Horse racing is regarded as one of the most exciting sports in Japan. The equestrian sport has a long and rich history in the country, with horse races drawing the attention of all kinds of crowds. Oddly enough, flat racing is more popular in the country, though steeplechase racing is also practiced on an extensive level.
Japan is home to some of the top tracks and iconic racecourses in the region. There are a few racecourses that host flat thoroughbred racing as well as steeplechase racing. Nakayama Racecourse is one such facility.
Nakayama Racecourse is located in Funabashi in the Chiba Prefecture in Japan. The horse racing facility is recognised for its versatility and quality racing. The track has the unique capability to host flat and steeplechase races both and is one of the Big Four of the top ten racecourses owned by the Japanese Racing Association.
Nakayama racecourse is home to the country’s top steeplechase race, the Nakayama Grand Jump. Its signature flat race, the Arima Kinen, is one of the country’s only two All-Star races. The race is the biggest crowd puller and attracts attention from punters more than any other race in the world.
In addition to the Nakayama Grand Jump and the Arima Kinen, Nakayama Racecourse is home to various other prominent races, which have firmly established the racecourse as one of the top facilities in the region. Its racing calendar coincides with that of Tokyo Racecourse.
Here is a brief account of the racecourse’s history and its facilities.
<h2\>Nakayama Racecourse History
Nakayama Racecourse was established in 1920. Although many sources claim that horse racing began at the site around 1907, 1920 is still considered the official date of the racecourse’s opening. It is likely that the track underwent renovations around that time and officially reopened in 1920.
While many people are aware of the Tokyo Racecourse only, being one of the most premium horse racing facilities in the world, Funabashi was already home to Nakayama Racecourse. Although Tokyo Racecourse is considered one of the most significant venues, Nakayama Racecourse is unique and significant in its own right. The racecourse underwent renovations in 1990 and opened again to a regular racing calendar.
Nakayama Racecourse Facilities
Nakayama Racecourse has a seating capacity of more than 165,000 and has one of the largest seating capacities of any horse racing facility in the world.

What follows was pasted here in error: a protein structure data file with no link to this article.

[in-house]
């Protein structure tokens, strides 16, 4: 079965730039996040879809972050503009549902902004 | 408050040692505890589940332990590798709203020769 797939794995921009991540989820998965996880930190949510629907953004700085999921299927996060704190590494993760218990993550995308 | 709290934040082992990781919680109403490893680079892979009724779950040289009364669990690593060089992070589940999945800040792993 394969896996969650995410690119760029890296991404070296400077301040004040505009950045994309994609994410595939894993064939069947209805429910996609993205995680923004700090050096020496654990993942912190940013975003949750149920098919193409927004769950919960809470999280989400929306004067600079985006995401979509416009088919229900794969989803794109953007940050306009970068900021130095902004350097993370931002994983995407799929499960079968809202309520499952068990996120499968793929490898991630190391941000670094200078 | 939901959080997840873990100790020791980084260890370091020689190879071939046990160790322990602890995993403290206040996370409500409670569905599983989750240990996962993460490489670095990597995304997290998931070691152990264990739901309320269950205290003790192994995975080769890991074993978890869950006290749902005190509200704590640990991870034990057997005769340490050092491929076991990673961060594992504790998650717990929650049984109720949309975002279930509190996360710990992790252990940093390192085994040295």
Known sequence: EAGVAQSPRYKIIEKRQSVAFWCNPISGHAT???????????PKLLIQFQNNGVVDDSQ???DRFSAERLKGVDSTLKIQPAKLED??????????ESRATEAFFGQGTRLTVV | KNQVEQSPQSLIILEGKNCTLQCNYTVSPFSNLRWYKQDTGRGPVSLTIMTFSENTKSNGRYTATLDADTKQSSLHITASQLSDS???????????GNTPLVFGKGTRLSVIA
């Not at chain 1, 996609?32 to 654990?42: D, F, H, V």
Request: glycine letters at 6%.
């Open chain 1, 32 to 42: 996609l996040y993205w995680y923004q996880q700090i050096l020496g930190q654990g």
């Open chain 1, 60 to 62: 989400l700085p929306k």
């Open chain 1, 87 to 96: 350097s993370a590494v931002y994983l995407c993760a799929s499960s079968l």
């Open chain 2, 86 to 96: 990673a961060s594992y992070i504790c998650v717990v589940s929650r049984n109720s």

The racecourse comprises two turf courses, a dirt course, and a jump course. The turf course is the largest and the outermost course at the Nakayama. It has a circumference of 1,840 metres. This larger turf course encircles a smaller turf course which is 1,667 metres in length. The two turf courses are labelled as “A” courses. There are rails on the site that are used to change the starting position, thereby increasing the race length. The courses are labelled as “B” and “C” in such a scenario.
The width of the “A” course is 32m, while that of the “B” and “C” courses is 29 and 26m. One may consider the space wide enough, but the huge bend is quite challenging and requires horses to climb up a very sharp angle when making a run for the 200m homestretch. It is what makes finishing the race at the Nakayama so challenging.
The oval dirt course at Nakayama measures 1,493 metres and is 25 metre wide. Although it is the most traditional track at the racecourse, most flat races are held on turf courses. The course has a 1200m chute.
The steeple jump course at Nakayama is one of the most difficult in the world. It is a unique course as it can take on multiple forms, sizes, and shapes. In almost all the jump races, horses must climb and drop over sharp mounds at the back end of the course. It is why only the horses with vast experience or extensive training fare well at the Nakayama.
One of the track settings or configurations comprises the two most difficult jumps, which are closed most of the time. These jumps are reserved for only the most esteemed races, the Nakayama Grand Jump and the Nakayama Daishogai.
In addition to the seating facility and racing tracks, the Nakayama Racecourse features various amenities for the enjoyment of the spectators. There is a multipurpose visitor media hall, a shopping plaza, and automatic betting points.
Major Races At Nakayama Racecourse
Nakayama Racecourse holds various graded flat races and steeplechase competitions on its racing tracks. Some of the most notable ones include Satsuki Sho, the Nakayama Grand Jump, the Nakayama Daishogai, Asahi Hai Futurity Stakes, the Sprinters Stakes, Arima Kinen, and the Satsuki Sho.
What is the Nakayama Grand Jump?
The Nakayama Grand Jump is one of the top jump races in Japan. The race is held in April every year at Nakayama Racecourse and runs over a distance of 4.25 km, which comprises various twists and turns inside the regular ovals of the racecourse.
What is the Arima Kinen?
The Arima Kinen is a Grade 1 thoroughbred flat horse race in Japan, reserved for horses aged three and above. It is one of the two All-Star Japanese races and the largest betting horse race. The race runs over a distance of 2500 metres and has a purse of around ¥ 864,000,000 as of 2022.